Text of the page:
The outer summation in Eqn. (6) is over groups of simultaneous generalized sources corresponding to the gather type (e.g. points sources for common shot gathers). The inner summation, over g, is over the gathers that are grouped for simultaneous computation. For some forward modeling methods, such as finite difference modeling, the computation of the forward model for summed generalized sources (the inner sum over gεG) can be performed in the same amount of time as the computation for a single source. Therefore, as shown in Krebs et. al. [5] δ(M,Σc_{g}w_{g}) can be computed very efficiently using Algorithm 3.
Again as shown in Krebs et al. [5] this algorithm can compute S_{sim}(M) a factor of N_{g}/N_{G }times faster than S(M) from Eqn. (2).
Many types of encoding functions c_{g }can be used in equation (6) including but not limited to:

 Linear, random, chirp and modifiedchirp frequencydependent phase encoding as presented in Romero et al. [13];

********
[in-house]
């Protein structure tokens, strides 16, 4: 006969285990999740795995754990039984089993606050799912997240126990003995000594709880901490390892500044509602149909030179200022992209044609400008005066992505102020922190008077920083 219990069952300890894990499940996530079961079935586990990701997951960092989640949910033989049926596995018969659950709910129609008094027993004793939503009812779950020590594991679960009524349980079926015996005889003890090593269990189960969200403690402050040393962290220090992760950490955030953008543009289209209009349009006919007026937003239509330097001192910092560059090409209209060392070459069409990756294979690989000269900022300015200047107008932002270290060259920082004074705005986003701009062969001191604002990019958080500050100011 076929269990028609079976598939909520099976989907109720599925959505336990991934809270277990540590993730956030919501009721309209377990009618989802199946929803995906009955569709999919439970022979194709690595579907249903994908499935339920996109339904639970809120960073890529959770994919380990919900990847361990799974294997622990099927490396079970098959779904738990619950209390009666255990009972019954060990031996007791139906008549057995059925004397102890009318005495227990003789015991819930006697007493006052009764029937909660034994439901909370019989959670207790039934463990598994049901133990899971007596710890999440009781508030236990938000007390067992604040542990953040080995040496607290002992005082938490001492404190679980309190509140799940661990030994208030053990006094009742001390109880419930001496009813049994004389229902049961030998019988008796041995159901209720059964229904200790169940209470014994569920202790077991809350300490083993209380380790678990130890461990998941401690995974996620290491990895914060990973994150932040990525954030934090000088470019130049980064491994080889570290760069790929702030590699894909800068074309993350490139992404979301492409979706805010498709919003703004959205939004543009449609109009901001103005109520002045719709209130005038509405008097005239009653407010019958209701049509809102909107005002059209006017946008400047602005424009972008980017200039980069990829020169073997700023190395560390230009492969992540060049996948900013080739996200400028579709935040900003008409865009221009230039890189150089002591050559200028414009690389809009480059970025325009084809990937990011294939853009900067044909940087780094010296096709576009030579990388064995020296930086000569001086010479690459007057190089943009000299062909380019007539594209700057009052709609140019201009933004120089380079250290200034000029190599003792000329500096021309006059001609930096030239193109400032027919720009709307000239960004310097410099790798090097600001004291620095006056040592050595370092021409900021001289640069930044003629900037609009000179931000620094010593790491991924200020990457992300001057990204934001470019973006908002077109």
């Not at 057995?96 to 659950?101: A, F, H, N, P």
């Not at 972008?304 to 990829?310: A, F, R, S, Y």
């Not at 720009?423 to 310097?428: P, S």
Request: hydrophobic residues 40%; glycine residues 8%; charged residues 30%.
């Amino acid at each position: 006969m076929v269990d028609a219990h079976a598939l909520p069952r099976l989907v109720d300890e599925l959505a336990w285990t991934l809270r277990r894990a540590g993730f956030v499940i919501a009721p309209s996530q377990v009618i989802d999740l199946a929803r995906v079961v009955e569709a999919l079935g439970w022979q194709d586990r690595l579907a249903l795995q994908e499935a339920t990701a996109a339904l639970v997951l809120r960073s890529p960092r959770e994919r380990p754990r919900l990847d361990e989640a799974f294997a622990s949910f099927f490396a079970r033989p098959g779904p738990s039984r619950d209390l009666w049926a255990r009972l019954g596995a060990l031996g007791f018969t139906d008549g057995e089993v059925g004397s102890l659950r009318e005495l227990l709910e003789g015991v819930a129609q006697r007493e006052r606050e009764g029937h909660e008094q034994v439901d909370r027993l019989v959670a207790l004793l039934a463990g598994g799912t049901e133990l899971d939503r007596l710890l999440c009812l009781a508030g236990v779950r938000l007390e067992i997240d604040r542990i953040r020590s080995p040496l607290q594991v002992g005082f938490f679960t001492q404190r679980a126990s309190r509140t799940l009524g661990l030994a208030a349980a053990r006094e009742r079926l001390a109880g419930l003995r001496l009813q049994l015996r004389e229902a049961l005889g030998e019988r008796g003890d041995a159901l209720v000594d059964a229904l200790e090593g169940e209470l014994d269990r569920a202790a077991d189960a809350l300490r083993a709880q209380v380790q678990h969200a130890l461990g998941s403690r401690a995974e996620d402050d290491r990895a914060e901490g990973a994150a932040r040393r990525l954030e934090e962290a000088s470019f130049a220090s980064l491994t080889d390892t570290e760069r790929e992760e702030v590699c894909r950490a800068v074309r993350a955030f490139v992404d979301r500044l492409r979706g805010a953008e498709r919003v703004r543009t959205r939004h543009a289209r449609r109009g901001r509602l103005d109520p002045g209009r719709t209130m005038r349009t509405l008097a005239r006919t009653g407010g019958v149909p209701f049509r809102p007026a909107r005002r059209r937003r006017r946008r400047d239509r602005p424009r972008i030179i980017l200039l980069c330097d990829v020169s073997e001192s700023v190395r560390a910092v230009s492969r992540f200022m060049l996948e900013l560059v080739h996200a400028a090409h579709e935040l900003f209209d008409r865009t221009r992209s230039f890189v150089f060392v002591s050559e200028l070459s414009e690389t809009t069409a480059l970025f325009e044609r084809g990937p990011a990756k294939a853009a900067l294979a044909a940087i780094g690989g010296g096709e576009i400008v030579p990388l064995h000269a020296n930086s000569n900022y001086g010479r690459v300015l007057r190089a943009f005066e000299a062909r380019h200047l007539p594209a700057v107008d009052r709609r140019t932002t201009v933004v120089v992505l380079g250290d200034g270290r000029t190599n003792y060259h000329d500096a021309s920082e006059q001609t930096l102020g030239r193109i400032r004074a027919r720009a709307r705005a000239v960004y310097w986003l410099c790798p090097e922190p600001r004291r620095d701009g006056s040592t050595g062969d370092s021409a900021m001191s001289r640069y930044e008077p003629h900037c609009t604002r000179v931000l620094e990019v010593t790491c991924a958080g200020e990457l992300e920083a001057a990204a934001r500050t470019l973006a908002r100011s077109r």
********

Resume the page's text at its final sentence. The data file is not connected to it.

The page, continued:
The frequency independent phase encoding as presented in Jing et al. [14];
 Random time shift encoding;
 Frequency division multiplexing (FDMA), time division multiplexing (TDMA) and code division multiplexing (CDMA) used in telecommunications.
Some of these encoding techniques will work better than others depending upon the application, and some can be combined. In particular, good results have been obtained using frequency dependent random phase encoding and also by combining frequency independent encoding of nearby sources with frequency dependent random phase encoding for more widely separated sources. An indication of the relative merits of different encodings can be obtained by running test inversions with each set of encoding functions to determine which converges faster.
It should be noted that the simultaneous encodedsource technique can be used for many types of inversion cost function. In particular, it could be used for cost functions based on other norms than L2 discussed above. It could also be used on more sophisticated cost functions than the one presented in Equation 2, including regularized cost functions. Finally, the simultaneous encodedsource method could be used with any type of global or local cost function inversion method including Monte Carlo, simulated annealing, genetic algorithm, evolution algorithm, gradient line search, conjugate gradients and Newton's method.